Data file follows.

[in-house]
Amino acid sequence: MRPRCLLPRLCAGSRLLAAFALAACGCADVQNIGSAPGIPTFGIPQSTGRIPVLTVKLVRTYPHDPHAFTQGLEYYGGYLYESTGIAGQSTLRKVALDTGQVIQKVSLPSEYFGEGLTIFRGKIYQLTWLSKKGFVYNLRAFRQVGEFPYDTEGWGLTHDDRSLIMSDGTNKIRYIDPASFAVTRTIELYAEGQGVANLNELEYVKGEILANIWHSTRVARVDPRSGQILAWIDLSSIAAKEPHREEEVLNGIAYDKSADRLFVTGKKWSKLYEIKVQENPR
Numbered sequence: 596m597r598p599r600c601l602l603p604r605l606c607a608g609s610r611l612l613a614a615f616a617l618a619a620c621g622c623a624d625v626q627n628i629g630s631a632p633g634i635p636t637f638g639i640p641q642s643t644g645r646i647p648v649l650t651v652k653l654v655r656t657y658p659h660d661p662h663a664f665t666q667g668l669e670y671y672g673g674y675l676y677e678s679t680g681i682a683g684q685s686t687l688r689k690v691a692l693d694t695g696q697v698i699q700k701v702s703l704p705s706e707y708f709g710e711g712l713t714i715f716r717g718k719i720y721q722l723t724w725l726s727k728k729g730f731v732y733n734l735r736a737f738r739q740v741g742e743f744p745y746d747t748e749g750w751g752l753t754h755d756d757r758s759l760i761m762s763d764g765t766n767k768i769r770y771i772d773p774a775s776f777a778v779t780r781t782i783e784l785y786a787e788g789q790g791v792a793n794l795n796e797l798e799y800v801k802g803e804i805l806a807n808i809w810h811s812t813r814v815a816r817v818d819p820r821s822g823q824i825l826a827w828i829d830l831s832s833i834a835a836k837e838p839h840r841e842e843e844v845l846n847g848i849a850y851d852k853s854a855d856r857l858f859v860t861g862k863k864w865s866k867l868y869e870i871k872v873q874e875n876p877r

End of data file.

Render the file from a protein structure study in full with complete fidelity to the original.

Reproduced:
[in-house]
Amino acid sequence: MRPRCLLPRLCAGSRLLAAFALAACGCADVQNIGSAPGIPTFGIPQSTGRIPVLTVKLVRTYPHDPHAFTQGLEYYGGYLYESTGIAGQSTLRKVALDTGQVIQKVSLPSEYFGEGLTIFRGKIYQLTWLSKKGFVYNLRAFRQVGEFPYDTEGWGLTHDDRSLIMSDGTNKIRYIDPASFAVTRTIELYAEGQGVANLNELEYVKGEILANIWHSTRVARVDPRSGQILAWIDLSSIAAKEPHREEEVLNGIAYDKSADRLFVTGKKWSKLYEIKVQENPR
Numbered sequence: 596m597r598p599r600c601l602l603p604r605l606c607a608g609s610r611l612l613a614a615f616a617l618a619a620c621g622c623a624d625v626q627n628i629g630s631a632p633g634i635p636t637f638g639i640p641q642s643t644g645r646i647p648v649l650t651v652k653l654v655r656t657y658p659h660d661p662h663a664f665t666q667g668l669e670y671y672g673g674y675l676y677e678s679t680g681i682a683g684q685s686t687l688r689k690v691a692l693d694t695g696q697v698i699q700k701v702s703l704p705s706e707y708f709g710e711g712l713t714i715f716r717g718k719i720y721q722l723t724w725l726s727k728k729g730f731v732y733n734l735r736a737f738r739q740v741g742e743f744p745y746d747t748e749g750w751g752l753t754h755d756d757r758s759l760i761m762s763d764g765t766n767k768i769r770y771i772d773p774a775s776f777a778v779t780r781t782i783e784l785y786a787e788g789q790g791v792a793n794l795n796e797l798e799y800v801k802g803e804i805l806a807n808i809w810h811s812t813r814v815a816r817v818d819p820r821s822g823q824i825l826a827w828i829d830l831s832s833i834a835a836k837e838p839h840r841e842e843e844v845l846n847g848i849a850y851d852k853s854a855d856r857l858f859v860t861g862k863k864w865s866k867l868y869e870i871k872v873q874e875n876p877r